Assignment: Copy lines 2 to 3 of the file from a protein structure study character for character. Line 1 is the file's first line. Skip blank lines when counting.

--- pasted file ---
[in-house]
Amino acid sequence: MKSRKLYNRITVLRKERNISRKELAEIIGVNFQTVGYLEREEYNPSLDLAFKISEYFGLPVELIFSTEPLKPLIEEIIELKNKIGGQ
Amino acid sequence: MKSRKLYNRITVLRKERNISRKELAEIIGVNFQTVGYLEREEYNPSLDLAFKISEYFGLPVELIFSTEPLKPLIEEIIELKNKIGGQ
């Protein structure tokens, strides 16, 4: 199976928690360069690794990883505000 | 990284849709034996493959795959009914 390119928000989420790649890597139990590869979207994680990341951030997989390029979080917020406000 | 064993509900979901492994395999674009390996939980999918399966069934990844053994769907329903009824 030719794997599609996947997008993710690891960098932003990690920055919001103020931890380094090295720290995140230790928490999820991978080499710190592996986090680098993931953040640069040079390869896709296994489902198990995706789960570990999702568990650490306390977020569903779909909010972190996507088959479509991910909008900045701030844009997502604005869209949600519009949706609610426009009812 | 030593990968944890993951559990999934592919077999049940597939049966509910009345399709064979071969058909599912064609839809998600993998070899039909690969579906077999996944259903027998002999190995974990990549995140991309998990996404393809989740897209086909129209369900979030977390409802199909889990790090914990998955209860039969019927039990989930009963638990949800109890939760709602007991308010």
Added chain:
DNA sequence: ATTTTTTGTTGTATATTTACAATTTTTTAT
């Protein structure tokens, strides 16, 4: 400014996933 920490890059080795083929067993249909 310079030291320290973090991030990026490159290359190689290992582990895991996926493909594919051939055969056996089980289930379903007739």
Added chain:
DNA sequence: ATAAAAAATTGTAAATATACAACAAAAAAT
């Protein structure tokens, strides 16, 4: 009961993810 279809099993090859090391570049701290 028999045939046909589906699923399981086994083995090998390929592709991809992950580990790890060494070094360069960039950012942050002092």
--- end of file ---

Amino acid sequence: MKSRKLYNRITVLRKERNISRKELAEIIGVNFQTVGYLEREEYNPSLDLAFKISEYFGLPVELIFSTEPLKPLIEEIIELKNKIGGQ
Amino acid sequence: MKSRKLYNRITVLRKERNISRKELAEIIGVNFQTVGYLEREEYNPSLDLAFKISEYFGLPVELIFSTEPLKPLIEEIIELKNKIGGQ